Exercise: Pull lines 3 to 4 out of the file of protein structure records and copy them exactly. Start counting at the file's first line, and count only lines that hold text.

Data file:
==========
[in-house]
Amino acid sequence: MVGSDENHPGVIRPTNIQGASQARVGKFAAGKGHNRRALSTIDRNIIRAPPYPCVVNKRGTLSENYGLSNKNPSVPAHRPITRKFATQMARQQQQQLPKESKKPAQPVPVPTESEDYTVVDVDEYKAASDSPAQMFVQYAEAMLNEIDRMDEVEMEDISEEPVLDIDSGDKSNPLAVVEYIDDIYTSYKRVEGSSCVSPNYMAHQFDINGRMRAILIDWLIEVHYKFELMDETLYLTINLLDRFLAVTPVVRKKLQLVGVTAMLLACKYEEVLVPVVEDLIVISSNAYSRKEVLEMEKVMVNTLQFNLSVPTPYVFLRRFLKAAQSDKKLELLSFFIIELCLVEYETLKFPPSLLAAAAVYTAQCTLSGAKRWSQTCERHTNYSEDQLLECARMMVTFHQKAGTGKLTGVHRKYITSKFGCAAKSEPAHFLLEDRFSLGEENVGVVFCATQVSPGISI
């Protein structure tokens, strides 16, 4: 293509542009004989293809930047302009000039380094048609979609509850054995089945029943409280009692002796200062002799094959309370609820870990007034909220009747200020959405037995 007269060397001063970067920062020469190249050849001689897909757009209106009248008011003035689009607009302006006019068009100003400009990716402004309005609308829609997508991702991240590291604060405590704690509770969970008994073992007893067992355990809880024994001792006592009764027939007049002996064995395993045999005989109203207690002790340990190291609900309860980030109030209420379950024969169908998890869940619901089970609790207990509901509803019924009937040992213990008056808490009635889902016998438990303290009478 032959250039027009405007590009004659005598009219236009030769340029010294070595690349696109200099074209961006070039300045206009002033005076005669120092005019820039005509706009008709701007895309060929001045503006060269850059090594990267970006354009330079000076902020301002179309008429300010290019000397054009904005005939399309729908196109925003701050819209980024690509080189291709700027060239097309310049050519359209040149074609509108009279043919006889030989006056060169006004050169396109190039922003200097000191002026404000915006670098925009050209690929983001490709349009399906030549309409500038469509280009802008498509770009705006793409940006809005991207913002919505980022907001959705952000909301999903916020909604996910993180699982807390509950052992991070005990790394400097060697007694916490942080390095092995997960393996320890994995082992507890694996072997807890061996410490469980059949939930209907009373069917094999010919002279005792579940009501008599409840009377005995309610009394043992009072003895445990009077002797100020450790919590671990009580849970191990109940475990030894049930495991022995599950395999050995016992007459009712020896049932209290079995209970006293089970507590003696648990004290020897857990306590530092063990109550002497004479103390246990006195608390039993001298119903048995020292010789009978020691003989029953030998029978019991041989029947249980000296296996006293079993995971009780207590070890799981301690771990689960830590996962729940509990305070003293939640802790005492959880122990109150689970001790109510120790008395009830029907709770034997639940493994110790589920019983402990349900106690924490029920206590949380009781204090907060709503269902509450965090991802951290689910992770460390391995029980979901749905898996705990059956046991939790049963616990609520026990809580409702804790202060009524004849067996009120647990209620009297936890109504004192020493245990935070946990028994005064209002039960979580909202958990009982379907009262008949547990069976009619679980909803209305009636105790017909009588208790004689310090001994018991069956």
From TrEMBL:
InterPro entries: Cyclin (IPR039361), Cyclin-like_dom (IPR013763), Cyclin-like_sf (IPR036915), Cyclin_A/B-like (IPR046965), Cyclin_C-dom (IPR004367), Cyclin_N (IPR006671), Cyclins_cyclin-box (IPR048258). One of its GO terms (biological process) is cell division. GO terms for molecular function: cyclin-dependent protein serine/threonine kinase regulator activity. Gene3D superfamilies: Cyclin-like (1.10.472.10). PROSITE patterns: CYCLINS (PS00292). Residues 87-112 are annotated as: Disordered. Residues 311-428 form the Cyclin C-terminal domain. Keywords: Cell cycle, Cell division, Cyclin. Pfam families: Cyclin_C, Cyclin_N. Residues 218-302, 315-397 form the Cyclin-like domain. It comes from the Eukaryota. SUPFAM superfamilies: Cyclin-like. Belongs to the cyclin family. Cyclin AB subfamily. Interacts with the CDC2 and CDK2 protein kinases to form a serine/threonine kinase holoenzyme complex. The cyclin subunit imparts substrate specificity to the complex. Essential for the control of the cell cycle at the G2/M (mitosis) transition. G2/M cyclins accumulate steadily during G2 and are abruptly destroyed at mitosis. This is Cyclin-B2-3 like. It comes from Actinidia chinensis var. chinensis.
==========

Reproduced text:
């Protein structure tokens, strides 16, 4: 293509542009004989293809930047302009000039380094048609979609509850054995089945029943409280009692002796200062002799094959309370609820870990007034909220009747200020959405037995 007269060397001063970067920062020469190249050849001689897909757009209106009248008011003035689009607009302006006019068009100003400009990716402004309005609308829609997508991702991240590291604060405590704690509770969970008994073992007893067992355990809880024994001792006592009764027939007049002996064995395993045999005989109203207690002790340990190291609900309860980030109030209420379950024969169908998890869940619901089970609790207990509901509803019924009937040992213990008056808490009635889902016998438990303290009478 032959250039027009405007590009004659005598009219236009030769340029010294070595690349696109200099074209961006070039300045206009002033005076005669120092005019820039005509706009008709701007895309060929001045503006060269850059090594990267970006354009330079000076902020301002179309008429300010290019000397054009904005005939399309729908196109925003701050819209980024690509080189291709700027060239097309310049050519359209040149074609509108009279043919006889030989006056060169006004050169396109190039922003200097000191002026404000915006670098925009050209690929983001490709349009399906030549309409500038469509280009802008498509770009705006793409940006809005991207913002919505980022907001959705952000909301999903916020909604996910993180699982807390509950052992991070005990790394400097060697007694916490942080390095092995997960393996320890994995082992507890694996072997807890061996410490469980059949939930209907009373069917094999010919002279005792579940009501008599409840009377005995309610009394043992009072003895445990009077002797100020450790919590671990009580849970191990109940475990030894049930495991022995599950395999050995016992007459009712020896049932209290079995209970006293089970507590003696648990004290020897857990306590530092063990109550002497004479103390246990006195608390039993001298119903048995020292010789009978020691003989029953030998029978019991041989029947249980000296296996006293079993995971009780207590070890799981301690771990689960830590996962729940509990305070003293939640802790005492959880122990109150689970001790109510120790008395009830029907709770034997639940493994110790589920019983402990349900106690924490029920206590949380009781204090907060709503269902509450965090991802951290689910992770460390391995029980979901749905898996705990059956046991939790049963616990609520026990809580409702804790202060009524004849067996009120647990209620009297936890109504004192020493245990935070946990028994005064209002039960979580909202958990009982379907009262008949547990069976009619679980909803209305009636105790017909009588208790004689310090001994018991069956």
From TrEMBL: